## APPENDIX A

### Spectral and Cross-Spectral Estimation

To avoid power leakage from the zero-frequency component (Percival and Walden 1993, 504–506), all time series were initially detrended linearly, removing any trend in the mean and leaving the data mean centered. Split cosine tapering of the first and last 10% of the centered data was used to suppress periodogram leakage (Priestley 1981; von Storch and Zwiers 1999). Weedon (2003) compares methods of spectral estimation and provides sources of algorithms for standard time series methods in the appendix.

For a mean-centered, tapered, finite time series *X*(*t*) consisting of *N* values at discrete time steps *t* with a fixed time-step interval of Δ*t*, the power spectrum is evaluated at the discrete Fourier frequencies *f* defined in terms of the proportion of the full dataset length (Percival and Walden 1993) with *f* = *i*/*N*. The integer *i* provides the frequency index or harmonic number and runs from 0 to *N*/2. For plotting results, the absolute frequency *F* is related to the Fourier frequency using *F* = *f*/Δ*t.* In this case, for values at daily time steps and absolute frequency expressed in units of cycles per year, the sample interval Δ*t*, allowing for leap days, is 1.0/365.24.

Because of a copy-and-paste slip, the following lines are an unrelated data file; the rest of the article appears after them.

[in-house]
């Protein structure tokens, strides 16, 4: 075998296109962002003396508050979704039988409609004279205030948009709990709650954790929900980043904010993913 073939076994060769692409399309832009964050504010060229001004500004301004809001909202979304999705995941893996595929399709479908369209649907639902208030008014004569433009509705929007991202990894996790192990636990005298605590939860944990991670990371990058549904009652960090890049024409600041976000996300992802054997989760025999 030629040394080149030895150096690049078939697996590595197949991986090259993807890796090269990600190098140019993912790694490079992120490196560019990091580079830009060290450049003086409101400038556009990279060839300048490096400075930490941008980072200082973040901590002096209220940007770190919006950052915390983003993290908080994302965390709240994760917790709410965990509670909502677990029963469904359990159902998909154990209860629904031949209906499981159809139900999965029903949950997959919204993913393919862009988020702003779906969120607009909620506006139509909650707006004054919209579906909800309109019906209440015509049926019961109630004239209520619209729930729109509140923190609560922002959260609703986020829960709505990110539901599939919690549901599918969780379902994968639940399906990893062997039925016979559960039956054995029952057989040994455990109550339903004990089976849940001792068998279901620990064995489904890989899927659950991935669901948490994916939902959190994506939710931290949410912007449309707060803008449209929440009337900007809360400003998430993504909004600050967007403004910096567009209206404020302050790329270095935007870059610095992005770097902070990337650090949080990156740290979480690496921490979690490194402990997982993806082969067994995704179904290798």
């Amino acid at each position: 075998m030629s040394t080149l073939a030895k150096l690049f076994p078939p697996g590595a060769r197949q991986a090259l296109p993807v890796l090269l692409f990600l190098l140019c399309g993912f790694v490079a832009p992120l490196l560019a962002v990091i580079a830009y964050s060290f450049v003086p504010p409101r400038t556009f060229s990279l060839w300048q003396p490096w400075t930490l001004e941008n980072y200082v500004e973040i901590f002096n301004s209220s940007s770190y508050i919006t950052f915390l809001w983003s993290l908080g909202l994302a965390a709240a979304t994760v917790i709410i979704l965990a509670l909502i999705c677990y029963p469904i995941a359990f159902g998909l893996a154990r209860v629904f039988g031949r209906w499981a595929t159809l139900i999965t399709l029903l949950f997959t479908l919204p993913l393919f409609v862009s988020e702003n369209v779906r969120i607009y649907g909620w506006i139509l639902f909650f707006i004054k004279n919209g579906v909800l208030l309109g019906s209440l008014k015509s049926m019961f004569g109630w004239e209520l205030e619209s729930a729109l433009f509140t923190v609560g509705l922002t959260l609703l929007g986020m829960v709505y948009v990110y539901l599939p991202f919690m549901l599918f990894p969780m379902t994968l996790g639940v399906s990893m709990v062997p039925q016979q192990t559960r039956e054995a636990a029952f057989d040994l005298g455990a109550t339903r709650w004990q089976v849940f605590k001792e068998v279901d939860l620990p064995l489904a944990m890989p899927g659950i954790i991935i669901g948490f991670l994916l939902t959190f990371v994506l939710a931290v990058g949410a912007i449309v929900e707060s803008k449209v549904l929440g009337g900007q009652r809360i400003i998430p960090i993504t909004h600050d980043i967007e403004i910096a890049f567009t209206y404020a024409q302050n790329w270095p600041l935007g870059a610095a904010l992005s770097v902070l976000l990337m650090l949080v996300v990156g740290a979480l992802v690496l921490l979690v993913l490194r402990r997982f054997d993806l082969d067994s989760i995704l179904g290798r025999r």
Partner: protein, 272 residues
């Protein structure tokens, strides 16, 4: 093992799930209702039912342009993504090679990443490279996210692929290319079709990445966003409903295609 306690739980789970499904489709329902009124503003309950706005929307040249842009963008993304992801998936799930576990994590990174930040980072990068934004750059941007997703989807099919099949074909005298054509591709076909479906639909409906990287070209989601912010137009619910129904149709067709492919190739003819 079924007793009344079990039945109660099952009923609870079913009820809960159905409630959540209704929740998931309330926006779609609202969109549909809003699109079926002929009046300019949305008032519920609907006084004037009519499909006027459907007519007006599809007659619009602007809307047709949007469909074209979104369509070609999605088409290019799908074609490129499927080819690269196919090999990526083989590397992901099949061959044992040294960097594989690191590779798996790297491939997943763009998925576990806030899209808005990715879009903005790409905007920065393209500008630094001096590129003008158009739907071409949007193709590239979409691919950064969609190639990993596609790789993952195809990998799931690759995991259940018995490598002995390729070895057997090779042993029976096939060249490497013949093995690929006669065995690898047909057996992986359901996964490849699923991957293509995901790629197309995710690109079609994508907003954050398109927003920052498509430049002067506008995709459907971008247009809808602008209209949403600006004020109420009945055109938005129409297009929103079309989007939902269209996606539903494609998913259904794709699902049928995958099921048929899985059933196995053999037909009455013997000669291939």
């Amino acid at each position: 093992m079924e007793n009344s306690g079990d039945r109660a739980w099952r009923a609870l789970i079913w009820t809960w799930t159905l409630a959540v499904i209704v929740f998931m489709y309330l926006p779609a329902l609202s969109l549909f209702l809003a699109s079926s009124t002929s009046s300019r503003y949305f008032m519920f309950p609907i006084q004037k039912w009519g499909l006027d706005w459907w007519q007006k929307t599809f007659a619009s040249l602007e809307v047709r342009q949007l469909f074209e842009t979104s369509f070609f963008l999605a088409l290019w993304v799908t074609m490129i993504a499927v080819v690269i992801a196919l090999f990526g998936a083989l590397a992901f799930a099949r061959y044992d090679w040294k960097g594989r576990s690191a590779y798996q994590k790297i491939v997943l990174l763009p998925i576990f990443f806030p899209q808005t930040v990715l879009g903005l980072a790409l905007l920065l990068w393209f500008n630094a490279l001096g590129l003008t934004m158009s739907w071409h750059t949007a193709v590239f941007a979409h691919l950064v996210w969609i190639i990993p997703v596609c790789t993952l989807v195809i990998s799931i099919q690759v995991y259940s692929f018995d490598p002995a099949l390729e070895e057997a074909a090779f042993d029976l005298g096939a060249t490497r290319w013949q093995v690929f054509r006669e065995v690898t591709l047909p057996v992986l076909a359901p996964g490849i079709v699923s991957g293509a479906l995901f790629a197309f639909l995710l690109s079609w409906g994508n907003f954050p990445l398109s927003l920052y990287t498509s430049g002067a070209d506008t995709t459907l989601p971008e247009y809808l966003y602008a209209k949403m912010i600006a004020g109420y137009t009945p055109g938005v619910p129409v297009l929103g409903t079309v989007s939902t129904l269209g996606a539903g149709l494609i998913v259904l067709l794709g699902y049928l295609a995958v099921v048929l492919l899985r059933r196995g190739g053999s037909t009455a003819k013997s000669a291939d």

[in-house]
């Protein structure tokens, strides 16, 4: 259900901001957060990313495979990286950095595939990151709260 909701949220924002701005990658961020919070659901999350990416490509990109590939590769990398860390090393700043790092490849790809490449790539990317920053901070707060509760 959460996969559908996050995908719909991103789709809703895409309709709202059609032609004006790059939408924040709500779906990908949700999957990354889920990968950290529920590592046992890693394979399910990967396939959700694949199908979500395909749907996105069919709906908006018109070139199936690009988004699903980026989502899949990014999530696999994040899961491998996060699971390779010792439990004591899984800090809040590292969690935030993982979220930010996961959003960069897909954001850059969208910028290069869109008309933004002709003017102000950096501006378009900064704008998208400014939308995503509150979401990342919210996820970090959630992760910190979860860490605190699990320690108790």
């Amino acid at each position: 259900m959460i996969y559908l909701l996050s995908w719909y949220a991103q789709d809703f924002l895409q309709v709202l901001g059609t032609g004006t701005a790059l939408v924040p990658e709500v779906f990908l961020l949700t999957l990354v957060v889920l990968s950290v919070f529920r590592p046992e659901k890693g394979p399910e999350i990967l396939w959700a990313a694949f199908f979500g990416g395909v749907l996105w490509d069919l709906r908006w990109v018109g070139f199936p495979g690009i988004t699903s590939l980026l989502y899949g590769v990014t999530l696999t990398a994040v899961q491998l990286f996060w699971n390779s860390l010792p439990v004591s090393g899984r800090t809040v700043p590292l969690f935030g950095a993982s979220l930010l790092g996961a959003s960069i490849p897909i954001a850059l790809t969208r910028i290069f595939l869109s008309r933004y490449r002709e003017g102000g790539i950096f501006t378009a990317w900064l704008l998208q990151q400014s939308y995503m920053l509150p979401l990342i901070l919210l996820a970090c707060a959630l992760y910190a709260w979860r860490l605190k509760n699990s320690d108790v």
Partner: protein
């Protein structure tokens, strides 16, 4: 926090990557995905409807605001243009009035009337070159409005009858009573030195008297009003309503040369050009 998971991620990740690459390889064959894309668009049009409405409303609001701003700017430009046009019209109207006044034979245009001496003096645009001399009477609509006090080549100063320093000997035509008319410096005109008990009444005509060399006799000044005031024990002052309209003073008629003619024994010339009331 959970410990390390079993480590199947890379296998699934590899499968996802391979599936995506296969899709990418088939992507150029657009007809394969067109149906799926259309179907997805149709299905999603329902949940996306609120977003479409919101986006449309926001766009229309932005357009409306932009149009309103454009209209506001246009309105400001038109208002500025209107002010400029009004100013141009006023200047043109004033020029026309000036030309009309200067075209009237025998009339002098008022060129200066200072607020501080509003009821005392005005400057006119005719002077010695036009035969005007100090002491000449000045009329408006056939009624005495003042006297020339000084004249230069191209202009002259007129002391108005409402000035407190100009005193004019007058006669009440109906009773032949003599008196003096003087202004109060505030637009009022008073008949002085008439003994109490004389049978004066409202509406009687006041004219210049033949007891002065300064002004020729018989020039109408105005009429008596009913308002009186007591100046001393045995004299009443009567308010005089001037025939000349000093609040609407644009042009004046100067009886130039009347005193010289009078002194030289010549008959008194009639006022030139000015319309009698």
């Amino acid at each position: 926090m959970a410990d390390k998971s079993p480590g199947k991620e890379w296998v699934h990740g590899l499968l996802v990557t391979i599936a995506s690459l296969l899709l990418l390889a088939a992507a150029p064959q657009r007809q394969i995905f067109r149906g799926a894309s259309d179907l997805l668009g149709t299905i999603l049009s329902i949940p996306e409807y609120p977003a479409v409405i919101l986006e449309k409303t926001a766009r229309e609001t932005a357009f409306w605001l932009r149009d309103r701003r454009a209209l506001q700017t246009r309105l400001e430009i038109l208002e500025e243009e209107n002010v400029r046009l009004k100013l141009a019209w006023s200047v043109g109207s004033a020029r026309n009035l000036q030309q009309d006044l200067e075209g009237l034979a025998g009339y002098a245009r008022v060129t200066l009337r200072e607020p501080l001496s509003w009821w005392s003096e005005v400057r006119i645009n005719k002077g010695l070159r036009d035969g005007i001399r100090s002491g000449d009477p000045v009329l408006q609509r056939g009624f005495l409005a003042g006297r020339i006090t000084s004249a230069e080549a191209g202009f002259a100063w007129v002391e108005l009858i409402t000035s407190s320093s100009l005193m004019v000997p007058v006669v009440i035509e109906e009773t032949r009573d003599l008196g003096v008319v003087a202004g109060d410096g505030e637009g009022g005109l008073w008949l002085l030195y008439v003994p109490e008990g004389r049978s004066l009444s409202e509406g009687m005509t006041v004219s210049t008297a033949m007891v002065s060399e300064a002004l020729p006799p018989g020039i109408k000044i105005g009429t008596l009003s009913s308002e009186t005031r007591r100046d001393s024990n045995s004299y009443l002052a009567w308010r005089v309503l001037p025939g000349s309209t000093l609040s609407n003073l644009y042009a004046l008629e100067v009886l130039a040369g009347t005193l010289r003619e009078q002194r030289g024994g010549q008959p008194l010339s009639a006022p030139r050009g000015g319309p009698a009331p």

*t*= 1, 2, 3, …,

*N*, where

*A*(

*f*) is the cosine amplitude and

*B*(

*f*) is the sine amplitude. Note that here the time-step and frequency indices indicate discrete sequences, not continuous functions.

*I*(

*f*) indicating the power or variance at the Fourier frequencies are obtained using